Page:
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So, What’s the Point, Anyway?

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September 1, 2011 by Steven Worden


Okay, one morning you’re sitting at the breakfast table happily munching away on your Wheaties and one of your kids glances over at you and asks you with undisguised frustration, “What is the point of it, anyway?” Maybe it’s the second week of school and the 5th grade proves to be a little more than your child bargained for. Maybe it is the daunting prospect of mastering pre-calculus for the 10th grader. Or, maybe for an older kid, it’s the struggle to find a satisfying career in a punishing economy. But whatever its source, how do you answer the question? The noted research scientist, Martin Seligman, in his book Flourish, offers one answer. Oddly enough, however, the answer seems to rehash what we already know from our religious traditions.

Seligman argues that on the basis of scientific research, we have now discovered what makes life worth living. Seligman makes this somewhat immodest claim on the basis of his extensive research in the science of “well-being.” His studies–grounded in experiments, statistical analyses, and surveys using large representative samples–have led him to conclude that what makes life worth living, and what enables us to create such a life, can be summed up in five basic factors. Seligman and his associates have tested the usefulness of these five factors and taught them in schools, colleges, and workplaces. In fact, the US Army has been so impressed by his findings that they asked him to design a course for soldiers in order to reduce the skyrocketing numbers of cases of Post-Traumatic Stress Disorder. So, what are these five keys to well-being?

The first factor Seligman called Positive Emotion. Seligman and his colleagues believe that pleasure, warmth, laughter, enjoyment, delight, and ecstasy are necessary for a successful life. Some theologians such as Robert Barron would argue that nearly every religious tradition contains a provision for such delight. Seligman, of course, quickly argues that a life built around simply the pursuit of delight would be vulgar and superficial. In secular life, drugs, alcohol, and the Comedy Channel might provide transient experiences of delight, but could be scarcely considered the cornerstones for a good life. Further, some tasks and obligations may not be fun at all. Something more is needed.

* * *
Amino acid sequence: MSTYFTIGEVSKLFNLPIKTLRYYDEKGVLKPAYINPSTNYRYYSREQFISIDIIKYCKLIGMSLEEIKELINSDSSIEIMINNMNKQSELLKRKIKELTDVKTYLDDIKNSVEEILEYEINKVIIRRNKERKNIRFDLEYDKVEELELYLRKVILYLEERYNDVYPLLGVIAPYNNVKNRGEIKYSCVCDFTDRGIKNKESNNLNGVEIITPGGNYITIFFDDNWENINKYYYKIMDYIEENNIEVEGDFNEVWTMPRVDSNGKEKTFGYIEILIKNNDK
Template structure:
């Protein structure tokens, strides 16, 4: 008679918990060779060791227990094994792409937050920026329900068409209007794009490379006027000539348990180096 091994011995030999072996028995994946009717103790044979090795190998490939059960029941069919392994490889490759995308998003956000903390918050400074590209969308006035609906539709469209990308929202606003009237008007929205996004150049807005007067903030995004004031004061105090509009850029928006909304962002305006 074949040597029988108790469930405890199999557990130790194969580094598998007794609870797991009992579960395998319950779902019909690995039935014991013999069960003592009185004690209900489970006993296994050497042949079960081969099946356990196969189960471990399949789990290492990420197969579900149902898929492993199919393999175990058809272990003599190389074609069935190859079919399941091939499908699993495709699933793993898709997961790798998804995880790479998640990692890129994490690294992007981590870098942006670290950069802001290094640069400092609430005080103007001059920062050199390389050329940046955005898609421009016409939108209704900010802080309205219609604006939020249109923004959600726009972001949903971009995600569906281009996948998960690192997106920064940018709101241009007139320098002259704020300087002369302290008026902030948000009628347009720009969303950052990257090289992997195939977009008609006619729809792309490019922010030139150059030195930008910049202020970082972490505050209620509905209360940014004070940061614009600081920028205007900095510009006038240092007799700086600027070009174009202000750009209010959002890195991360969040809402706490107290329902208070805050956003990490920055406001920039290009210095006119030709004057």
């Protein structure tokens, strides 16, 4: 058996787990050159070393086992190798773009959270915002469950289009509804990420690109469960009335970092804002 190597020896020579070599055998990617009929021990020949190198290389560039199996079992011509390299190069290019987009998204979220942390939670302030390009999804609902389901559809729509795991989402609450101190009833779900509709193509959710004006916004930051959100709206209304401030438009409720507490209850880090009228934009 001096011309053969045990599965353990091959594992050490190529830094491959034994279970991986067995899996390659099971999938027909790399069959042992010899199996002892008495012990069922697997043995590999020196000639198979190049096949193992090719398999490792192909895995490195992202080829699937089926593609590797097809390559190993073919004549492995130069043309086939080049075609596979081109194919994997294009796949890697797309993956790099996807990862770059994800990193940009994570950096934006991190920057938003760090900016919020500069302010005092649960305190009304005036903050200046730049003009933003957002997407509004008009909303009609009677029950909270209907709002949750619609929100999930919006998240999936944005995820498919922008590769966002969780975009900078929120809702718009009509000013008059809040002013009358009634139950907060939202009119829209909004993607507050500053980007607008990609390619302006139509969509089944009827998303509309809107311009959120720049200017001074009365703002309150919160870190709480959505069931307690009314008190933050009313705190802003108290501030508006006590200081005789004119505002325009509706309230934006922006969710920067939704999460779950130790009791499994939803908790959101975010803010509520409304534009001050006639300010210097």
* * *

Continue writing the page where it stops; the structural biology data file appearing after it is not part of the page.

Seligman said that this second factor is Engagement. Just as some people spend every available hour on the golf course, playing bridge, or writing, participants can be so enthralled in pursuing them that they enter in a feeling of “flow,” and loses track of time. When you ask a person in this state what they are feeling, they may answer, “Nothing.” That’s because they lost awareness of themselves. Again, religion scholars have argued that in meditative or contemplative states, or lectio divina, time can stand still.

Seligman called the third factor, Relationship. Seligman observed that “Very little that is positive is solitary.” Most of what we take pleasure in, take joy in, or feel pride in takes place around other people. Loneliness is apparently destructive.
Seligman even goes so far as to suggest that if you want to increase the level of satisfaction in your life in practical terms, do an unexpected kindness for someone every day. And, as the religious writer, Karen Armstrong noted, most religions to varying degrees, emphasize the importance of kindness and compassion to others. Further, being in a community of fellow believers counts as a crucial component of religious practice in most traditions.

The fourth factor is Meaning. Seligman and his associates defined Meaning as “belonging to and serving something that you believe is bigger than the self.” Whether in a team, a family, a school, an organization, a community, or a nation, people seem to thrive on being of service to a higher purpose. Obviously, religion generally involves a strong sense that you are in some relationship with a community and an “Other” that is worthy of reverence, be it God, the Dharma, or The Tao.

Finally, Seligman called the last piece of a life of well-being, Accomplishment. To maximize our sense of well-being we need to be testing our ability to exert mastery over a task. This can be found in school or in a career. This entails accomplishment just for its own sake, not for money or power, but just for the satisfaction of having done something well. As Paul commented, “I have fought the good fight, I have finished the race, I have kept the faith.”

So when you are contently chewing your Wheaties and your kid brings you up short with a Big Question such as the “point of it all,” feel free draw upon either traditional sources or more recent scientific findings that seem to reaffirm the old truths.
Remember the acronym, PERMA: Positive Emotion, Engagement, Relationship, Meaning, and Accomplishment. Point out how all these factors, when in balance, provide us with a recipe for a less addicted, less depressed, and a happier life. Then, you can go on back to your sports page.

Steven Worden

PhD, is an associate professor in the Department of Sociology and Criminal Justice at the University of Arkansas

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